The contract of April 29, 1950, also contained the following provision: 'Should any Party acquire any leases, royalty, etc., within a radius of ten (10) miles of the well site within six months following March 1, 1950, the other party hereto may have an option of purchasing, within the said six months period, one-half (1/2) of the other Party's purchase, at its net cash cost * * *.'
The Allen well above mentioned turned out to be a dry hole, and was abandoned on May 12, 1950. The drilling cost was approximately $12,000, all of which was originally advanced by Cashion Company. When this suit was begun McKendrick had not yet paid his half.1
Information acquired during the drilling of the dry well indicated that another well might be successful if drilled in a nearby location. About two months after the Allen well was abandoned, Cashion entered into a contract with Robert Oil Company, lessee of a nearby tract, for the drilling of a second well called the Davis well. Robert Oil Company, without cash consideration but reserving a 1/16 overriding royalty interest, assigned to Cashion its interest in a nearby forty acre tract in consideration of Cashion drilling a well thereon. As a result of the joint efforts of Cashion and McKendrick, other nearby leasehold owners assigned their interests to Cashion in consideration of drilling the second well, no cash consideration being paid.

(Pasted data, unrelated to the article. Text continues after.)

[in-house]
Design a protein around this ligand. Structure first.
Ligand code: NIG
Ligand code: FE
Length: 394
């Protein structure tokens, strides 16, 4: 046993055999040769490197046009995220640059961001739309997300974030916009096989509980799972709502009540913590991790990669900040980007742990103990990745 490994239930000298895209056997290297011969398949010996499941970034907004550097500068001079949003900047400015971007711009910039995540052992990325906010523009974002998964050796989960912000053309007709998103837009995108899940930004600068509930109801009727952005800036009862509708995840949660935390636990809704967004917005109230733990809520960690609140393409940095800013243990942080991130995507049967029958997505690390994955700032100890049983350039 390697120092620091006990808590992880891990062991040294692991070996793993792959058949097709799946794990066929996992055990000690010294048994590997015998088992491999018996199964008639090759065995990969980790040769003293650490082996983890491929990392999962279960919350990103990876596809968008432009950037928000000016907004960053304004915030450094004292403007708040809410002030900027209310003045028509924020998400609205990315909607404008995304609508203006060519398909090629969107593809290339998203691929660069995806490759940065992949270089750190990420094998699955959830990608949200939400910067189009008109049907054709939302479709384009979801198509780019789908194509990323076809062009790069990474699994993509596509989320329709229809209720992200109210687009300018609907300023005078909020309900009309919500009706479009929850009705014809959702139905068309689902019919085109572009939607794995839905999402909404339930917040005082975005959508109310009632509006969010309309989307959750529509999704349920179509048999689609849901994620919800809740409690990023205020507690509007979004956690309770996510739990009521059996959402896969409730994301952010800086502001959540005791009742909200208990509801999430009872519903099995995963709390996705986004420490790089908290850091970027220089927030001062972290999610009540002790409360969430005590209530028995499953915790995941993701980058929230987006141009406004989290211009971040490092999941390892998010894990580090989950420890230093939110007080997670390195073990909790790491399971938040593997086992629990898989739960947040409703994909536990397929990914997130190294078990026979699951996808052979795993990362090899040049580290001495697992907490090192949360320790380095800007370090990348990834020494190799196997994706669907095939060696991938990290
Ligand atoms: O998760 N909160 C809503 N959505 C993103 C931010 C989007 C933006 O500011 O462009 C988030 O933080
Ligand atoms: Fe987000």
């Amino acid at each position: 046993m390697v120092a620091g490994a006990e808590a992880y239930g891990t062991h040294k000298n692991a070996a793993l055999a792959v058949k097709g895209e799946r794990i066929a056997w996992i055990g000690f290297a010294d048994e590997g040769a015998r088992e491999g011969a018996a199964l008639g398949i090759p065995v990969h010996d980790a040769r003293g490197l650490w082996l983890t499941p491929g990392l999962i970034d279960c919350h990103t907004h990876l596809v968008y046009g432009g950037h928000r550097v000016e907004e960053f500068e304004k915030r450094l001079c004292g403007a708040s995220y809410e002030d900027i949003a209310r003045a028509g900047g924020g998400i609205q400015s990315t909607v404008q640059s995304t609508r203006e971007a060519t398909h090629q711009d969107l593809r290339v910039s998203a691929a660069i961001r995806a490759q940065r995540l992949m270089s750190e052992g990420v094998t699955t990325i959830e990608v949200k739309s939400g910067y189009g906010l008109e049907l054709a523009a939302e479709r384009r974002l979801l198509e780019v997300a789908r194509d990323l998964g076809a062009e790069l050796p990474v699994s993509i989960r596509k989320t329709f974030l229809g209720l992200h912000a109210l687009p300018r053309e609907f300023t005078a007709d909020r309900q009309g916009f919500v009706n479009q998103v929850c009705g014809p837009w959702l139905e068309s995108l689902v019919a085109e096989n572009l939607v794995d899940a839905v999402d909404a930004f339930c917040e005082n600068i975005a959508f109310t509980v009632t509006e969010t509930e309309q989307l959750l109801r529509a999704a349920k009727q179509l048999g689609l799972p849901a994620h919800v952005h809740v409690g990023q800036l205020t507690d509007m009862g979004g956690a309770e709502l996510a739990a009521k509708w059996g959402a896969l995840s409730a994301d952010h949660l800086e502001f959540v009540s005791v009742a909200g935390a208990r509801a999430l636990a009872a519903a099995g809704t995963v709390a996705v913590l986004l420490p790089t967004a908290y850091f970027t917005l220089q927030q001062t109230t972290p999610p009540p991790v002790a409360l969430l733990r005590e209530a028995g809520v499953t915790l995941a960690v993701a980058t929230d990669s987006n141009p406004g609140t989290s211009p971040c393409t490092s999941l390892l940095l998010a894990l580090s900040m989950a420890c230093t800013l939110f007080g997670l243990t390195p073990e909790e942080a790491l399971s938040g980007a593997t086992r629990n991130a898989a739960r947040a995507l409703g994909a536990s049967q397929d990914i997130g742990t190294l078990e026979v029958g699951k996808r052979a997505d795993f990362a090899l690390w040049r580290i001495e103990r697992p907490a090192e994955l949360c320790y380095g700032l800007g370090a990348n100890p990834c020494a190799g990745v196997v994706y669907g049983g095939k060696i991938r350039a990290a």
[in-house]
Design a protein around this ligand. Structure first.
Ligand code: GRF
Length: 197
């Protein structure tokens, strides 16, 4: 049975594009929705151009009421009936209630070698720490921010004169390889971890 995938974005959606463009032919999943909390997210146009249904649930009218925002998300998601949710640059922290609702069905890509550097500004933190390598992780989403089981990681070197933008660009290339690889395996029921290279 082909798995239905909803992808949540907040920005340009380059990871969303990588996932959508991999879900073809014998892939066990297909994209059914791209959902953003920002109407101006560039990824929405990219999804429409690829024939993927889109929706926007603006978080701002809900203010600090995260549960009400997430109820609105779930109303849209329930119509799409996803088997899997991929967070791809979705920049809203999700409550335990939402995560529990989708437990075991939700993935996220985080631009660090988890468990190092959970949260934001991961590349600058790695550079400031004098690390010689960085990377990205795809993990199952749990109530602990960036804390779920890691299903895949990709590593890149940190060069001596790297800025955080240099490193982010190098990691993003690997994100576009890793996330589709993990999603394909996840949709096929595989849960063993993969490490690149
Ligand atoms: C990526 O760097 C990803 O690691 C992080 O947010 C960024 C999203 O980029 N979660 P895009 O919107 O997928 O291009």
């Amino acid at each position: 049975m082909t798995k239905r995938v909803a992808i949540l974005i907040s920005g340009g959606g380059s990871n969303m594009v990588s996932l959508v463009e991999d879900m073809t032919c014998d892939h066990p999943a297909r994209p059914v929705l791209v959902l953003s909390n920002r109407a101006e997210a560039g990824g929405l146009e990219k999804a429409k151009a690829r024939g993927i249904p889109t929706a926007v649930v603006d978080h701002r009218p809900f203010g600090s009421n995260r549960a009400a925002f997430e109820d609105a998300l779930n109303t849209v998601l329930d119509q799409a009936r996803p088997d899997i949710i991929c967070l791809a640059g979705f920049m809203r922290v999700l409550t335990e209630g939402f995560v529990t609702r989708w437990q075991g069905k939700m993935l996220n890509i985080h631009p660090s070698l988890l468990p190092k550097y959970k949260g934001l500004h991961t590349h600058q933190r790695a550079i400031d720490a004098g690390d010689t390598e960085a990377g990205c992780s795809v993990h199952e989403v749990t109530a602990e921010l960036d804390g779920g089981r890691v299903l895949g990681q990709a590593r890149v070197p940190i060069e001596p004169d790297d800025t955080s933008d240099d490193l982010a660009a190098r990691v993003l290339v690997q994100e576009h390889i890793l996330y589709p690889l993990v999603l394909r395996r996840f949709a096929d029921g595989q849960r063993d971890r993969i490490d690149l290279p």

McKendrick was not a formal party to the contract between Robert Oil Company and Cashion for the drilling of the second well, but contends, and the trial court found, that he and Cashion were engaged in a joint venture to acquire and develop oil leases, in which the defendant, McKendrick, was obligated to pay half the expense, and is entitled to an undivided half interest in any lease or royalty interest acquired by Cashion within the area and time fixed in the contract dated April 29, 1950. As no cash consideration was paid for any of the leases, there was no 'cost' to be paid other than the drilling expense.